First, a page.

Navigating time, money, and a recent explosion in demand (surpassing the number of therapists available) has really limited access to therapy. One of the benefits of stigma being chipped away at over time is that more and more people are pursuing help. There are just not enough providers to accommodate the increase.  


I named a few of the challenges in mental health care delivery. Honestly, I think there are more, but the main point of this article is to help to begin to challenge our current approach.


A solution to the shortage of helpers proposed by the World Health Organization is task shifting, which is delegating tasks that do not require an advanced degree to trained paraprofessionals.


Here is an article that discusses the expansion of task shifting and task sharing in healthcare:


Not to toot our own horn, but this is precisely the reasoning behind the launch of The Orenda Project’s coaching certification. Technology is used to equalize access on a global scale by removing travel and time zone-related barriers. Tasks can be shared and shifted between therapists and coaches thereby decreasing pressure on the therapist while increasing support to clients. There is the added benefit of providing increased opportunities to people in developing parts of the world, enabling those within a community to support their community.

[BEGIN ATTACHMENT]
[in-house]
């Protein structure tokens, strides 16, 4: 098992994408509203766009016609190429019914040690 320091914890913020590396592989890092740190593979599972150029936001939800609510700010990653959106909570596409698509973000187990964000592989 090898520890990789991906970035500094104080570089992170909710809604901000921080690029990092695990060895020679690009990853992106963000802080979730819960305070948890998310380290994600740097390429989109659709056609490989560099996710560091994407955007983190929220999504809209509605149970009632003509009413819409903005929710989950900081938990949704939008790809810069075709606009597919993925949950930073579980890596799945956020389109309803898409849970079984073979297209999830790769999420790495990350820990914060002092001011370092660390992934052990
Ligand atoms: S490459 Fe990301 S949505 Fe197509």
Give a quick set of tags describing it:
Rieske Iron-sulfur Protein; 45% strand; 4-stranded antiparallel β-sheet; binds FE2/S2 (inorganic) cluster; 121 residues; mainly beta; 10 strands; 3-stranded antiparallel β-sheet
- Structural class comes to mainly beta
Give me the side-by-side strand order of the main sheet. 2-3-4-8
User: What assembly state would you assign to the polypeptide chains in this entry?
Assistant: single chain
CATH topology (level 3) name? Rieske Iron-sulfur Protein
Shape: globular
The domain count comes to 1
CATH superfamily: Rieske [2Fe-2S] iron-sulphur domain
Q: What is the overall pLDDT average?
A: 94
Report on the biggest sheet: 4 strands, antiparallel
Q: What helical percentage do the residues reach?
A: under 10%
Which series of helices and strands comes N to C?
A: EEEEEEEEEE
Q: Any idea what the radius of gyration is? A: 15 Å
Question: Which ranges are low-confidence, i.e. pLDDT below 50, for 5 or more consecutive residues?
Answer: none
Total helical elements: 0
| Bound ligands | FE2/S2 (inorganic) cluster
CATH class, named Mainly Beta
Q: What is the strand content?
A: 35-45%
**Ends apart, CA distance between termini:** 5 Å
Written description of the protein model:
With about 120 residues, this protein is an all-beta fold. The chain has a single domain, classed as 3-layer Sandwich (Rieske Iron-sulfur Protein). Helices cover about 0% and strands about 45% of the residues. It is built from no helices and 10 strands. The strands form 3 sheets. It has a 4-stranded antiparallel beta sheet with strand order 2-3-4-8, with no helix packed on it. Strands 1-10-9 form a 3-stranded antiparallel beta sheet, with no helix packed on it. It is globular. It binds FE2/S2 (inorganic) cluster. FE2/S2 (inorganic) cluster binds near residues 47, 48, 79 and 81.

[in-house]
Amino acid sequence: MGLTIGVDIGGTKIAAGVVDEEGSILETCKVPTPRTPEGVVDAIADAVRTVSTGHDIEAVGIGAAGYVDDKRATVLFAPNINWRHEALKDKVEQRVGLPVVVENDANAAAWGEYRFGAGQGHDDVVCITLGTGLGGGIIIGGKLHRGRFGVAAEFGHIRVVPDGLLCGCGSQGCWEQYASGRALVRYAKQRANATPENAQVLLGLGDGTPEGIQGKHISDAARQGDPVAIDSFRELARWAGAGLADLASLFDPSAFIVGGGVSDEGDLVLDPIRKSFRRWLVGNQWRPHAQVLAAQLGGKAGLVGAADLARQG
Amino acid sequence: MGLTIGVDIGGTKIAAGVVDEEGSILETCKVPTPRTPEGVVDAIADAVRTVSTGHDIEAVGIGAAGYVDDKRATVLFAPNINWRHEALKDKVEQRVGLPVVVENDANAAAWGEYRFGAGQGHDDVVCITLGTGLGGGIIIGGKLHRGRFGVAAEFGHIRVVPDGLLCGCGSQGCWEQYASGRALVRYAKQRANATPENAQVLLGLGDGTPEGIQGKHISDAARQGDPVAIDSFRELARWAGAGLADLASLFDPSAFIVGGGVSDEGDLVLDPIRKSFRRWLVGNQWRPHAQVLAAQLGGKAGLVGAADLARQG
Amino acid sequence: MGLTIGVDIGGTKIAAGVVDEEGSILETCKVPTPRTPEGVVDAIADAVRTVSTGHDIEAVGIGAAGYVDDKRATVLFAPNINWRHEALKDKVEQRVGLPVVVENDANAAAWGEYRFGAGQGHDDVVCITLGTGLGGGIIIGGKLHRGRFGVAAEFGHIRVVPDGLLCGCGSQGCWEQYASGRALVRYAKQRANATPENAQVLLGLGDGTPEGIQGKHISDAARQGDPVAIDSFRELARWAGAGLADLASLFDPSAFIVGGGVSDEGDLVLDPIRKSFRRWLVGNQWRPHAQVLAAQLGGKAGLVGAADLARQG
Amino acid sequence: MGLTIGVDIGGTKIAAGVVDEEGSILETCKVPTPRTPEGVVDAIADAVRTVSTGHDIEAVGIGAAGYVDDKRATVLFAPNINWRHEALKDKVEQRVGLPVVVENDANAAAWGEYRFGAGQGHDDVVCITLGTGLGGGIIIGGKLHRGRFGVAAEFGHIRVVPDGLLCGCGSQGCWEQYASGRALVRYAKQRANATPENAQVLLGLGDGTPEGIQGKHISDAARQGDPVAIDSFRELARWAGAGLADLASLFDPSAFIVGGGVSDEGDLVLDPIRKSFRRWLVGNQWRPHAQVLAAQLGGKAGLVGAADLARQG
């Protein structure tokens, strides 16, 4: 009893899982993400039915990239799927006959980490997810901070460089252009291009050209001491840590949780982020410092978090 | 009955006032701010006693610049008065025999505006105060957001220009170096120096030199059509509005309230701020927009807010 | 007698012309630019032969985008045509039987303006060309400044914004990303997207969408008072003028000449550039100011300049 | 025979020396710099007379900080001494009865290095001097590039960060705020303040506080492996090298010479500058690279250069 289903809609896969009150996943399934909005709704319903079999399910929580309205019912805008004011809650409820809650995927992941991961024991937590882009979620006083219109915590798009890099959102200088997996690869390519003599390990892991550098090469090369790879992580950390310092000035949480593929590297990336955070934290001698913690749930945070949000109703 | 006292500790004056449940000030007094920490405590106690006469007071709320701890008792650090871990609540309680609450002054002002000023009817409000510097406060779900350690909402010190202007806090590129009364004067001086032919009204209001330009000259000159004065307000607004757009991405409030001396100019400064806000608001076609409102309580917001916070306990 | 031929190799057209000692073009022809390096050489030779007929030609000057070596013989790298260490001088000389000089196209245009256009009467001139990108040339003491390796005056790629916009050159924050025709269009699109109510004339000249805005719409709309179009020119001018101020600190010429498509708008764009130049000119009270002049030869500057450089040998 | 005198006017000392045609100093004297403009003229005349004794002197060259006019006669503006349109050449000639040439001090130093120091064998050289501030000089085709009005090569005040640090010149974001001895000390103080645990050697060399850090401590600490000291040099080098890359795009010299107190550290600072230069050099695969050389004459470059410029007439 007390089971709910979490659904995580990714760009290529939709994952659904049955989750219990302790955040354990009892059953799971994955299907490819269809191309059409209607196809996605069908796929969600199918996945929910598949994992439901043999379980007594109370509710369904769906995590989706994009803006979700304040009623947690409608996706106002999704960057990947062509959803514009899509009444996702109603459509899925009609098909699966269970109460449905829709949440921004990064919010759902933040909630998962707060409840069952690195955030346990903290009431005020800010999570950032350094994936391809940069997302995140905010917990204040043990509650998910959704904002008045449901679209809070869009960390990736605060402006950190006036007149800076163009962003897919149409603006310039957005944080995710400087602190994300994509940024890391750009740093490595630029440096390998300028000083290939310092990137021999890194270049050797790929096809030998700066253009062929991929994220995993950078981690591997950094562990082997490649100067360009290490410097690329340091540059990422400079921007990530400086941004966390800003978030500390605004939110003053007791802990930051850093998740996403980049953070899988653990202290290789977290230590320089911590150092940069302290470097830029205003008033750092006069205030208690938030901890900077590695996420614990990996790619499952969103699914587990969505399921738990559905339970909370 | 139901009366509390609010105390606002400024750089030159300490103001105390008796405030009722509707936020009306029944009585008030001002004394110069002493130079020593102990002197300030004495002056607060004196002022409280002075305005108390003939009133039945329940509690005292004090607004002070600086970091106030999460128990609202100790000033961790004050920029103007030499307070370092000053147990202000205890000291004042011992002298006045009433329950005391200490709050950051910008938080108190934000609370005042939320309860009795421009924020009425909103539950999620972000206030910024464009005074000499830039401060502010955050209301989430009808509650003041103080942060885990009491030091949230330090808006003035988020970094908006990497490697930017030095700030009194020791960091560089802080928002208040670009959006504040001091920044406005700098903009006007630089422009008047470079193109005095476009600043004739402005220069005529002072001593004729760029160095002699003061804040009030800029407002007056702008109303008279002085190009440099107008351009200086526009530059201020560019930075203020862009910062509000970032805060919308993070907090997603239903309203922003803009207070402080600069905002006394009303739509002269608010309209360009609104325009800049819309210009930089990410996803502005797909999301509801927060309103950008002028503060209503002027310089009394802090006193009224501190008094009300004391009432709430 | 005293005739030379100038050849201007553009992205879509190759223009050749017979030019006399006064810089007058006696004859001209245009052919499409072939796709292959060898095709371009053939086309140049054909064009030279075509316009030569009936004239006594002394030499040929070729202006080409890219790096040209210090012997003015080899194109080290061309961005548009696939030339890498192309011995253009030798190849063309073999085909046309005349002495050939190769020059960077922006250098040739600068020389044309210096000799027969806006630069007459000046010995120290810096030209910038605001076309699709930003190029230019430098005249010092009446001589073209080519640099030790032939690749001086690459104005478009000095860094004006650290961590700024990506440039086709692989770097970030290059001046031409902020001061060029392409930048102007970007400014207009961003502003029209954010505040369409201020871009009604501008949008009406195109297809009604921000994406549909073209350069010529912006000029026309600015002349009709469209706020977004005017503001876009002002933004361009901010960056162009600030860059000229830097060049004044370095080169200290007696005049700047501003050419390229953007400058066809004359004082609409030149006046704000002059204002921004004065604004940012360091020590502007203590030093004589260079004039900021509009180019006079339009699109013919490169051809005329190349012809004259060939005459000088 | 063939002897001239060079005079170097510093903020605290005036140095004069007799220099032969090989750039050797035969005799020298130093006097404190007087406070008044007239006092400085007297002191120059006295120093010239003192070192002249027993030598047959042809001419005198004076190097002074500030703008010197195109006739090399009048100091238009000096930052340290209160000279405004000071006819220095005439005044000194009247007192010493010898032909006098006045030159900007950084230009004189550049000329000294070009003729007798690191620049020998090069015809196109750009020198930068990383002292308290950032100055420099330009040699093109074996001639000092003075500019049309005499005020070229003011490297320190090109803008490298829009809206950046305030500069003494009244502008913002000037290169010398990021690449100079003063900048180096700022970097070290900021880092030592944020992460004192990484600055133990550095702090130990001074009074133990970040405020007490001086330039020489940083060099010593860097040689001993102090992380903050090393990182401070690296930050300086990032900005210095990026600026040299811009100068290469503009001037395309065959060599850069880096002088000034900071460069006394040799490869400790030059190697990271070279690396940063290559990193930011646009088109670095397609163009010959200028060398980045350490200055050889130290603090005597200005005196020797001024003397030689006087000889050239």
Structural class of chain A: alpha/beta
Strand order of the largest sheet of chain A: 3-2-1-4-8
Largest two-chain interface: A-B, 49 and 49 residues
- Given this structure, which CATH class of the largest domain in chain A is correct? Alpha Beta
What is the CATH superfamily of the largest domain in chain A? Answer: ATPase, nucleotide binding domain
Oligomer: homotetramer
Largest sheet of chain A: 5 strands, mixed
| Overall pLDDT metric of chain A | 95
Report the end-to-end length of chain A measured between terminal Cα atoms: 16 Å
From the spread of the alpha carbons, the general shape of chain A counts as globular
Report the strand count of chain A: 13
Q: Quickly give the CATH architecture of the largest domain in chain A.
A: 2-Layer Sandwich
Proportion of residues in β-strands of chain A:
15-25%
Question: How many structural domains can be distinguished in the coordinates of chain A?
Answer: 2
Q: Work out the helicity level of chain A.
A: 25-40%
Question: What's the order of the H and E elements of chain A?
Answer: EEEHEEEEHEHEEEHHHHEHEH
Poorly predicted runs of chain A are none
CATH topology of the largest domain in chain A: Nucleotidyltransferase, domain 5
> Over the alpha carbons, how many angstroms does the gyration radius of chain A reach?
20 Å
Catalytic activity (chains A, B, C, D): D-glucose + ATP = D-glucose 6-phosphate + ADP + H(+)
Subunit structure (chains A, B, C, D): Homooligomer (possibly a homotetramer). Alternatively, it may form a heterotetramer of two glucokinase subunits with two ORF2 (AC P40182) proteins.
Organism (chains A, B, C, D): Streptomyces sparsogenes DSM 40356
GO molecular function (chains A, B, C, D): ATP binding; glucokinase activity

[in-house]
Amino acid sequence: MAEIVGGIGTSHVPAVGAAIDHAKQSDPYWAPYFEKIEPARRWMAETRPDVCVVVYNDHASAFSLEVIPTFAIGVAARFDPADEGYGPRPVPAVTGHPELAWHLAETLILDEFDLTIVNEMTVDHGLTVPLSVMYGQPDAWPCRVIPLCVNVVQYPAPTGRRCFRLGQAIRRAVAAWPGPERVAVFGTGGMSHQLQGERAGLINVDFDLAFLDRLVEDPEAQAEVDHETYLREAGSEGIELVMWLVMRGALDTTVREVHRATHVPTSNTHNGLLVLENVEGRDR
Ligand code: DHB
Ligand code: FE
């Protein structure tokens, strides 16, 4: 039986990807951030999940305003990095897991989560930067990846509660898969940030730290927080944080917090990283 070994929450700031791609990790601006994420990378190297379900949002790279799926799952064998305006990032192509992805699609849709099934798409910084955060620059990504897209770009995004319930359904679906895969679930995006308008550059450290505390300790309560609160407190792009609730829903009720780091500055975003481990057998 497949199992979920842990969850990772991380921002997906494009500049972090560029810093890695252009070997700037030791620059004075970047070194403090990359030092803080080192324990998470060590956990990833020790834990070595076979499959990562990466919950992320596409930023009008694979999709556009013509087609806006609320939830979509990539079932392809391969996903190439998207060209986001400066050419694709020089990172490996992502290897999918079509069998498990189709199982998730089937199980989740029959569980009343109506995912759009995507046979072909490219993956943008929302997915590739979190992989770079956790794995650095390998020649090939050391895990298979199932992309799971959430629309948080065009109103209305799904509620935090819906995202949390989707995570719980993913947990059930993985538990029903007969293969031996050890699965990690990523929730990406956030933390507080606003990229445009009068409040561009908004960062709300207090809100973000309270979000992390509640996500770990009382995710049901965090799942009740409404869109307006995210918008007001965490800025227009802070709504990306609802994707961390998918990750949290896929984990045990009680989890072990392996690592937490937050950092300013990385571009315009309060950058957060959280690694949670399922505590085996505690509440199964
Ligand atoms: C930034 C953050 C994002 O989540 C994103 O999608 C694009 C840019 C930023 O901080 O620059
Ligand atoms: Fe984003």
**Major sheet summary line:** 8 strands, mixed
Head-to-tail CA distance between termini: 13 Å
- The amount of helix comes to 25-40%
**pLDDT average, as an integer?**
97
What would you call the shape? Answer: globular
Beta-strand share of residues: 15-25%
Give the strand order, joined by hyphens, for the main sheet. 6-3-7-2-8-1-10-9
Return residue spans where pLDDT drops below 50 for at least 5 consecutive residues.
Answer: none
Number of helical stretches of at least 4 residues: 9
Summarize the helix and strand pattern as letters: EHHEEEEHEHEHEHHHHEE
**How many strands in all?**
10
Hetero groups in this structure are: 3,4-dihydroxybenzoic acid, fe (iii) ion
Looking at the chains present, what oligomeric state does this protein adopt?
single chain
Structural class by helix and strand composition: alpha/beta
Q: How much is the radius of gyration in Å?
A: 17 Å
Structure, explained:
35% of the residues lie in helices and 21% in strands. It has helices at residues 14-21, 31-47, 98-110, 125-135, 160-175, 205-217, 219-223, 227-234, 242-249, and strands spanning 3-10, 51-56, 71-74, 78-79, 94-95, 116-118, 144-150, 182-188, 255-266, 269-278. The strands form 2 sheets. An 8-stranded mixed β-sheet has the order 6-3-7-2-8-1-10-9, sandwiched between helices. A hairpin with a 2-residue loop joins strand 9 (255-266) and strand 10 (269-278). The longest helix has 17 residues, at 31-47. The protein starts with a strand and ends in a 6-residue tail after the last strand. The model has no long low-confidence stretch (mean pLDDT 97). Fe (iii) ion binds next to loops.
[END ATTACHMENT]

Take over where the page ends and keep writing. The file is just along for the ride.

There are a lot of possible solutions. Maybe the first one is that we open our minds, take a look at ourselves and how we structure care, and begin to shake up the industry a bit.

 Photo credit: Katt Yukawa 

newsletter subscription

Subscribe our newsletter to get news updates.

We hate SPAM. We will never sell your information, for any reason.